Predictive back gesture across different apps
It’s fair to say that most of the time, you’re probably already aware of where the next gesture will send you, so you might think the new animation is just unnecessary fluff. However, Google’s own research shows that users are sometimes surprised about where the next step will take them. Even if this is something that only happens to you occasionally, it’s still a great addition that can prevent accidental navigating to screens you didn’t intend to visit.
As Google reviewed last year, app developers will also be able to implement their own custom transitions for the new predictive back gesture. The company introduced a Google Calendar beta template, which provided a seamless transition from showing a single event to an agenda overview.
The new back gesture may also help us get rid of a workaround introduced by many third-party developers that predates gesture navigation: When the next back step exits a specific app, it will ask you to confirm the action with an additional tap of the back button or an additional slide across the screen for the back gesture. This was intended to prevent accidental exits, and this temporary solution only exists because of the uncertainty that back-navigation presents.
It may take a while for all apps to use Android 14’s predictive back gestures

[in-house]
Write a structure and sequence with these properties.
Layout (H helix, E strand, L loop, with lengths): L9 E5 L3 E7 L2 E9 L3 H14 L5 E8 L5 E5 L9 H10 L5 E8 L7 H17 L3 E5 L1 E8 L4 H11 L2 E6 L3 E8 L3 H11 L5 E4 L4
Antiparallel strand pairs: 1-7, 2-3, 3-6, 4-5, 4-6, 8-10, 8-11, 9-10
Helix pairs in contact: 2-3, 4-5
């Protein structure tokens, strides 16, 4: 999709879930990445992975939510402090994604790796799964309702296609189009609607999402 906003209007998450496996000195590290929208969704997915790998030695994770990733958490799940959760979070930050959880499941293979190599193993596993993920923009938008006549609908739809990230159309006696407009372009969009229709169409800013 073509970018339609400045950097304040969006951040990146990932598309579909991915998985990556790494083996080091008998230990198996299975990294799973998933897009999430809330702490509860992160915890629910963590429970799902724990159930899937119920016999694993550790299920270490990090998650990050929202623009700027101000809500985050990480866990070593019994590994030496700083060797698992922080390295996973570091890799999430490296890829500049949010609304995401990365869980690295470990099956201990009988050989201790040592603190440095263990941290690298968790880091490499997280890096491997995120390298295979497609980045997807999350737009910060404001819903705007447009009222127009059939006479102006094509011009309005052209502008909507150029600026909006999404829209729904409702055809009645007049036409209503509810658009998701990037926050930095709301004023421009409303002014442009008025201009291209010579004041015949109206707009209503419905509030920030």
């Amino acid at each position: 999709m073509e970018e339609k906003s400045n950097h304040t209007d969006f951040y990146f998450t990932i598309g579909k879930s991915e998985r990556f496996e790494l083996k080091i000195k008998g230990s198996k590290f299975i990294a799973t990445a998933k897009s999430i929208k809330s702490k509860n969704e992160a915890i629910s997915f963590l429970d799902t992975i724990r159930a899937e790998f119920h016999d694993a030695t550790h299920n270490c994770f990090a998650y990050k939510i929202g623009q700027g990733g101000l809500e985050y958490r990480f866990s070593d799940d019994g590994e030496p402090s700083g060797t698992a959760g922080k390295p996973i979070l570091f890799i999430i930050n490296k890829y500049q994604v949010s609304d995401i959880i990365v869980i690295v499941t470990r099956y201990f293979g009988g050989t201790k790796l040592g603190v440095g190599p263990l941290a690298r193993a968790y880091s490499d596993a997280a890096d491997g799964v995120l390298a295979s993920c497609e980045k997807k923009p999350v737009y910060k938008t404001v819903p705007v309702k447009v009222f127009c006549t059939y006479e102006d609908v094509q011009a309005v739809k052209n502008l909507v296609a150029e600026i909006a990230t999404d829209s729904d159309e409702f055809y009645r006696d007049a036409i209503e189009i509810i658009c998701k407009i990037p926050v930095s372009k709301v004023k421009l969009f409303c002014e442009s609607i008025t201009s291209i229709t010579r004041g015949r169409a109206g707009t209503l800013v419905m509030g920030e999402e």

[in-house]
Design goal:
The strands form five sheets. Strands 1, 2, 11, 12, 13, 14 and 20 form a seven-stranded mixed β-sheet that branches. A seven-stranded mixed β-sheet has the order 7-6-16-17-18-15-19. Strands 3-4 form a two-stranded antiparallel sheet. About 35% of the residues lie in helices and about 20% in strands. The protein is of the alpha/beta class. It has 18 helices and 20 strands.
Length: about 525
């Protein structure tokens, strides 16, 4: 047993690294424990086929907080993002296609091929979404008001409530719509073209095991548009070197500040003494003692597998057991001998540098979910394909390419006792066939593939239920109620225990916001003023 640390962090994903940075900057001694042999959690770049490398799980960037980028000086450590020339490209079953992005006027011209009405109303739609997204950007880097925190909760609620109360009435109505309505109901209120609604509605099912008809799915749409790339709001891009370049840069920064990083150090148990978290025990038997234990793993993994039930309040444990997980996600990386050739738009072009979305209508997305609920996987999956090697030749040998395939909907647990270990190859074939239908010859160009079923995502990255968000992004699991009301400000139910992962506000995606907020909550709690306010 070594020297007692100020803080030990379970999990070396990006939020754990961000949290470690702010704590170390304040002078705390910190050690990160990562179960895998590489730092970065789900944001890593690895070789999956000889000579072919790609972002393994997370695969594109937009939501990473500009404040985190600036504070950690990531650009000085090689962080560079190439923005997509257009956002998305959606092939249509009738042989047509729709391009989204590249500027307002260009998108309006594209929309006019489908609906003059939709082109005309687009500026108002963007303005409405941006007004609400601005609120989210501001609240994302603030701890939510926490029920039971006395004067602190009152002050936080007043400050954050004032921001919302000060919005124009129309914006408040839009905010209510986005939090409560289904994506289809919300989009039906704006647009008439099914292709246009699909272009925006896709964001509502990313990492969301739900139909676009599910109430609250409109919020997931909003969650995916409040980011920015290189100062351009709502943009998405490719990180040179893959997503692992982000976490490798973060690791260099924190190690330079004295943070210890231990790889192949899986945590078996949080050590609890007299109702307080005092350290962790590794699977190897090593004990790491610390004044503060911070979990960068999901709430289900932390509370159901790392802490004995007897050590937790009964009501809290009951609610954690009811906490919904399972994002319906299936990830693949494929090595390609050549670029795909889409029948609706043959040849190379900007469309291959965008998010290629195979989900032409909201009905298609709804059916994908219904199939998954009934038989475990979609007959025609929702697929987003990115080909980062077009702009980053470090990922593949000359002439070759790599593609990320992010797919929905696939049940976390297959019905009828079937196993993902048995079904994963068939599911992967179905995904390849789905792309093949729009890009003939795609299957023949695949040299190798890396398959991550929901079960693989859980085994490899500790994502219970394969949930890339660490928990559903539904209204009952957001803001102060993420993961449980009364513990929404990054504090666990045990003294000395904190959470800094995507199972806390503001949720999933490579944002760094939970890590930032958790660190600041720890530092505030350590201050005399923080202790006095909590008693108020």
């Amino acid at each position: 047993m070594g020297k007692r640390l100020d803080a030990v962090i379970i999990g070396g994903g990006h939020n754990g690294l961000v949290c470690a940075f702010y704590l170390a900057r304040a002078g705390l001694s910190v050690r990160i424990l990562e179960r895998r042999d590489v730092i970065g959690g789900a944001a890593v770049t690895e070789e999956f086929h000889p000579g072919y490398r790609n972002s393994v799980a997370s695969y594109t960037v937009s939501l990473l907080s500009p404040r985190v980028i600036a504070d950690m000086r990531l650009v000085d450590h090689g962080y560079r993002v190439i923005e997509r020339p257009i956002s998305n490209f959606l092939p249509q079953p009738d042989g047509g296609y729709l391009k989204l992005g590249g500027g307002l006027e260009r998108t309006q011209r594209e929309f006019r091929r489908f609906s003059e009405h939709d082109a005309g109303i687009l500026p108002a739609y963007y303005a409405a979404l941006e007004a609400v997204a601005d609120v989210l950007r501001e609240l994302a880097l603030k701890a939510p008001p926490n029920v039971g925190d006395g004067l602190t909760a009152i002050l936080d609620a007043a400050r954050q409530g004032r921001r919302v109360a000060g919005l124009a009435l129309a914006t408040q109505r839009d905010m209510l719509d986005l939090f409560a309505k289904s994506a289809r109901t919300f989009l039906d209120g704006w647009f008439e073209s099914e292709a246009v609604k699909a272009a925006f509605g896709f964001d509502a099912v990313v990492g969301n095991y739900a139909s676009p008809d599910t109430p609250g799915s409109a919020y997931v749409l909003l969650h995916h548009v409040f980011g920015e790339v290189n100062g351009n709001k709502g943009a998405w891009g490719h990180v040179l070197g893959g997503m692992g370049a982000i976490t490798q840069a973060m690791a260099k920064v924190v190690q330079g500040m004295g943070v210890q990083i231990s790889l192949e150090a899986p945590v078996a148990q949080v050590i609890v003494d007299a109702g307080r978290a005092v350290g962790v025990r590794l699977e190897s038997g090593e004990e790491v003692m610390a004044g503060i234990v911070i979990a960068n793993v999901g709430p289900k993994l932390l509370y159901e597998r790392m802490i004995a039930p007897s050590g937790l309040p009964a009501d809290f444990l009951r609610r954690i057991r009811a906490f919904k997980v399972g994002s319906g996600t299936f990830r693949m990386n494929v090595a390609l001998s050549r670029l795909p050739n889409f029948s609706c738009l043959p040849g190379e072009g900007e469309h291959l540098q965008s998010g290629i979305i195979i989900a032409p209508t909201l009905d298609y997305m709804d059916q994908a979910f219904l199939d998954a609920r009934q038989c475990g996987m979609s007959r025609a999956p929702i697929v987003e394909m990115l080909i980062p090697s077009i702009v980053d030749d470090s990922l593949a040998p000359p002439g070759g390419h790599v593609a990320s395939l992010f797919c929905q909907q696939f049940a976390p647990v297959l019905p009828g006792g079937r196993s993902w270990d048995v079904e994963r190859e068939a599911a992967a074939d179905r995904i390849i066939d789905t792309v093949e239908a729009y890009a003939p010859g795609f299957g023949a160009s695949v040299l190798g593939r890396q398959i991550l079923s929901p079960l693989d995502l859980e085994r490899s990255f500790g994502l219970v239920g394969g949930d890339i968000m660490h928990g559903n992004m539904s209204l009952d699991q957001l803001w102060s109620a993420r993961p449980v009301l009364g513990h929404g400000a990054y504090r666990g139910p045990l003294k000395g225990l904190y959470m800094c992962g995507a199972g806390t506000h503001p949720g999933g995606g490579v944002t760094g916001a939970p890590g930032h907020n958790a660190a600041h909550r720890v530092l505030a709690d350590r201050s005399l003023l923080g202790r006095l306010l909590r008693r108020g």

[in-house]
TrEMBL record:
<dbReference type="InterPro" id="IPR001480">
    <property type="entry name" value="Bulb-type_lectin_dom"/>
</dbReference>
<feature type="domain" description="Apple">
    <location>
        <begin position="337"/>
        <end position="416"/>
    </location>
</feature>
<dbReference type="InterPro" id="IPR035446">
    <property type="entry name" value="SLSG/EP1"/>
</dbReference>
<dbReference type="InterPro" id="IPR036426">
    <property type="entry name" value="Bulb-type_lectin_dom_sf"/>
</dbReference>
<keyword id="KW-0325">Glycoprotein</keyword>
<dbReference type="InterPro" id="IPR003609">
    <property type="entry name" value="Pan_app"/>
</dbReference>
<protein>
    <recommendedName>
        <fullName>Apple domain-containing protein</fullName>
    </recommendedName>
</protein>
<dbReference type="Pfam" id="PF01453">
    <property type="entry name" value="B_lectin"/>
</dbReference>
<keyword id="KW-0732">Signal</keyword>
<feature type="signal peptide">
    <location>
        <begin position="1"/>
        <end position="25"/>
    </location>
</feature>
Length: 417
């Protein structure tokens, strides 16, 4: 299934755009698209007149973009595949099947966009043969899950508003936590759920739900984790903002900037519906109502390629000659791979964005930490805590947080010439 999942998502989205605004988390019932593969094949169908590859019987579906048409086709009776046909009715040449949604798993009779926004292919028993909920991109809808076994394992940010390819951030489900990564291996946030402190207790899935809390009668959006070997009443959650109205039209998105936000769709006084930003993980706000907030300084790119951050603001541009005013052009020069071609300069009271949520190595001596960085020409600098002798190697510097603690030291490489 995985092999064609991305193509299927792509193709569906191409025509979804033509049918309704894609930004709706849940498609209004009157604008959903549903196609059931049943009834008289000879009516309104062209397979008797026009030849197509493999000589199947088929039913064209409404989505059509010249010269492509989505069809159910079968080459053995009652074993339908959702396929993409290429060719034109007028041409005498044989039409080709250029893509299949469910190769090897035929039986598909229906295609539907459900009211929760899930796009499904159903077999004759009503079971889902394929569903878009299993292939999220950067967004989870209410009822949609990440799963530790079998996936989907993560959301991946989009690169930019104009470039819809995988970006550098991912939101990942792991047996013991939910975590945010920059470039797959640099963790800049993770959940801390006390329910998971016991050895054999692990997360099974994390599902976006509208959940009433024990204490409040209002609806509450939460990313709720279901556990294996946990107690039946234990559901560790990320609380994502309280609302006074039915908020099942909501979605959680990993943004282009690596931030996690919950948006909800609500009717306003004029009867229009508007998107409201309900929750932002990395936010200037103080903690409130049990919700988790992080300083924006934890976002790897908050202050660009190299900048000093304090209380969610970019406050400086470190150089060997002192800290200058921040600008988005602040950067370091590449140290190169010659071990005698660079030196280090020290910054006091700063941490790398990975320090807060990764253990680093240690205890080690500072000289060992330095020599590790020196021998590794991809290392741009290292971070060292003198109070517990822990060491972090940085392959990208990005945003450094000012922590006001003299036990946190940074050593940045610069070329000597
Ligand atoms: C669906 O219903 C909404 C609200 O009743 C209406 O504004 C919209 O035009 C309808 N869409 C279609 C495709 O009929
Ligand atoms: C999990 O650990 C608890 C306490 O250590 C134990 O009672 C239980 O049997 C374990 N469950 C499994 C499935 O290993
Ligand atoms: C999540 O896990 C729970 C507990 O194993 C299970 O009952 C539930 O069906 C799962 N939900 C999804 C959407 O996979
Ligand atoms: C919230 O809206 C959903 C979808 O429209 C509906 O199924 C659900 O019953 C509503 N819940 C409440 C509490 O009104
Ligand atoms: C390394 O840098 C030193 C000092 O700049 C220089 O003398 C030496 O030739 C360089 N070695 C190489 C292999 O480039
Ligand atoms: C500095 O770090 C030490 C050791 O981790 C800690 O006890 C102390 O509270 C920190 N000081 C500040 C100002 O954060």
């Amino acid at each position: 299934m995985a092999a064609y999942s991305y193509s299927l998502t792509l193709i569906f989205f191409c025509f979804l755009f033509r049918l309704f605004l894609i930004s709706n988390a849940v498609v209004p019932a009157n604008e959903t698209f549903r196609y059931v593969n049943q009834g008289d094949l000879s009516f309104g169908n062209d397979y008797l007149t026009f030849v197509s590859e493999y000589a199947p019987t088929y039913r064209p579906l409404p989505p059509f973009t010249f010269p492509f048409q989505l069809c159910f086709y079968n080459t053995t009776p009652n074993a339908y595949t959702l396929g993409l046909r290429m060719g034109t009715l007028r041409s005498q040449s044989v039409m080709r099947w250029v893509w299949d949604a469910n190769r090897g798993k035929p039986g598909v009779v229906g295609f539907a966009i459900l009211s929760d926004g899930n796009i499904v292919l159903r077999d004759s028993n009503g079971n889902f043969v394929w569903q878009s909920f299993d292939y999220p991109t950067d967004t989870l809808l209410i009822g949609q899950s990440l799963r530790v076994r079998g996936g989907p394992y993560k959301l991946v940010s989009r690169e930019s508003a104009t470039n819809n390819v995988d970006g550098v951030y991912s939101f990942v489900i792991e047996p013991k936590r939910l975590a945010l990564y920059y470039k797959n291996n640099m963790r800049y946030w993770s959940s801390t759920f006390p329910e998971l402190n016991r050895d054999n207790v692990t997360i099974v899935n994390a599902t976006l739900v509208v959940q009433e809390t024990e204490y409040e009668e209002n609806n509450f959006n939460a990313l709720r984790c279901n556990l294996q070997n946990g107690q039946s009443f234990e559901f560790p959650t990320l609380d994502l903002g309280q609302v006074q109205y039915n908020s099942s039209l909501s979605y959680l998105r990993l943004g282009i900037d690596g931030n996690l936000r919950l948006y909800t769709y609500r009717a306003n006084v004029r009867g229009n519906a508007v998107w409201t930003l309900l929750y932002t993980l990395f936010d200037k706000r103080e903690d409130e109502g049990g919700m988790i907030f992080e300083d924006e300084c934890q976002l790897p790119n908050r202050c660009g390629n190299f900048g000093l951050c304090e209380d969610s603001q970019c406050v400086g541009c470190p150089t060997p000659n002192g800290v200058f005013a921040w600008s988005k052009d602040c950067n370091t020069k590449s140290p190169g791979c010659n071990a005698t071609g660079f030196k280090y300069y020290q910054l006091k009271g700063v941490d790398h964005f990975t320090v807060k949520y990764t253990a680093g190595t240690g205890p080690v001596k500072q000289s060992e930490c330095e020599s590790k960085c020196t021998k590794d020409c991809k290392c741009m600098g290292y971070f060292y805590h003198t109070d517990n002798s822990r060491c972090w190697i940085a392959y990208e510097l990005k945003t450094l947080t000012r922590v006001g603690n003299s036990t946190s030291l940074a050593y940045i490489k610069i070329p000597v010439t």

As with any brand-new Android feature introduced with a new version of the OS, it’s possible that not all apps will support it from the start — especially since Google requires developers to manually change a flag in their apps to enable the new back navigation. This is intended to ensure that nothing breaks while using the feature, but it may also mean that we will have to wait a while before the system is widely adopted. The same goes for Android 13’s app languages and the optional transparency behind the navigation bar at the bottom, which is something many apps do Still Do not support – including Google’s own applications.
Given how useful the new back gesture is in making phones more intuitive, I can only hope it’s one of those features app developers embrace sooner rather than later. Android 14 Developer Previews and Betas will give them plenty of opportunities to try out the new system with their apps. At the same time, it’s also clear that Google still needs to put a lot of polish into its all-new predictive back gestures. In Developer Preview 2, the system is still incredibly buggy and finicky, either not working or just working for some transitions. At the time of writing, I’ve also found that it only works with Google News and the Settings app, which really isn’t a whole lot of apps.
Still, the potential is clear, and I, for one, can’t wait for Android apps to massively support this intuitive new gesture. If you want to give it a try right now, learn how to install Android 14 Developer Preview on your Pixel phone.